Tuesday, April 25, 2017

Remembering Ella, Now 100

They called her "The First Lady of Song." Ella Fitzgerald, born 100 years ago today. Since her death in 1996, she has ascended to a level she was said to occupy in life, that of a genuine musical legend; she is now interred in box sets with celestial collaborators.

It's hard for me to believe now, but I was once in her presence - backstage at Cincinnati's Music Hall in September 1977 - and even touched her shoulder, which was covered in heavy mink, in hello and farewell. I don't think she felt it, and she might have looked askance at me or clobbered me if she had. But it's what I came away with from our brief encounter, rather than an autograph or a conversation. I stood beside her as she talked with another fan. She had a charmed music even in her speaking voice, but she also had the staunch aura of a warrior, of someone who had endured a lot of ugliness to bring a little beauty into the world.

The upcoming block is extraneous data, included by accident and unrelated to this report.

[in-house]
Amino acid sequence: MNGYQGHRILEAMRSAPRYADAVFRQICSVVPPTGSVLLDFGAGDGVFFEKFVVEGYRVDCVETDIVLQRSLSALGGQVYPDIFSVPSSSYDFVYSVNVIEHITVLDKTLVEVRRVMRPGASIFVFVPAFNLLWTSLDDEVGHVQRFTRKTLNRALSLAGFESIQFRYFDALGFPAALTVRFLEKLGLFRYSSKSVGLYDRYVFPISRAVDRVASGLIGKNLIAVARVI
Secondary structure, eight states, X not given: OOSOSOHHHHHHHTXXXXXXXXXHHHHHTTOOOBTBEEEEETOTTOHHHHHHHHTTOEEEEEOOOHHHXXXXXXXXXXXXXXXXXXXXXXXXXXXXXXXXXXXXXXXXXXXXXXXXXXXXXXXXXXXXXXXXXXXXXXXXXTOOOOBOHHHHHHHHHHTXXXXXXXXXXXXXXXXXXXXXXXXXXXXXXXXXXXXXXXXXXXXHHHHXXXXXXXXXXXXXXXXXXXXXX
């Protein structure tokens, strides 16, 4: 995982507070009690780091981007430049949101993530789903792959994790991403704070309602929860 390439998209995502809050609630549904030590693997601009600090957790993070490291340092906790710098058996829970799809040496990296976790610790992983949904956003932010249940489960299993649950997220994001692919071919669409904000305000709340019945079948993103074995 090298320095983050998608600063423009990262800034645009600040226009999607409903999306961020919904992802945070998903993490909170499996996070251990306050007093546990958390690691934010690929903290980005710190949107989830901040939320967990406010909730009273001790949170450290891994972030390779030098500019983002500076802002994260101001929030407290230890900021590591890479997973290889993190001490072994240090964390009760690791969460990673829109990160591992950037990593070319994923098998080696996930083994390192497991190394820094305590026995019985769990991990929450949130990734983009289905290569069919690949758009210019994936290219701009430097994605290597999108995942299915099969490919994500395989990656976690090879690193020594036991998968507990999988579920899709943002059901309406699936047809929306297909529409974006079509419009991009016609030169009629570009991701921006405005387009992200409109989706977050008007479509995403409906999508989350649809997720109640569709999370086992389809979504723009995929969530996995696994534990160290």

(c) 2017 by Tim Lucas. All rights reserved. 

Thursday, April 20, 2017

New Books and Music

Chuck Connors as Lucas McCain in THE RIFLEMAN.
Classic TV aficianados will be excited to learn that Laurel Records has just released MUSIC FROM THE ORIGINAL TELEVISION SERIES "THE RIFLEMAN," a generous two-disc set of Herschell Burke Gilbert's original music cues. This is some of the most readily identifiable, and long coveted, ever withheld for so long from the public reach, and it has finally been brought to disc in stunning fashion by the composer's son John G. Gilbert. The first disc of the set includes 35 different original cues by Gilbert, totalling 57:48 in length, and there is also a bonus disc of 26 additional library tracks heard on the show that Gilbert accessed from the MUTEL music library, totalling 61:44! Rounding out the package is an informative, 22-page illustrated booklet that offers a biography of Gilbert, a history of the series and its music (all of which - surprise! - was originally recorded in Munich, Germany!), and a list of feature films in which the MUTEL tracks can also be heard (for example, RIOT IN CELL BLOCK ELEVEN, WHILE THE CITY SLEEPS, THE THIEF and BEYOND A REASONABLE DOUBT). The original Gilbert tracks are a sonic revelation, yielding up charming, colorful instrumentation details often lost in playback on the show's 16mm syndication prints.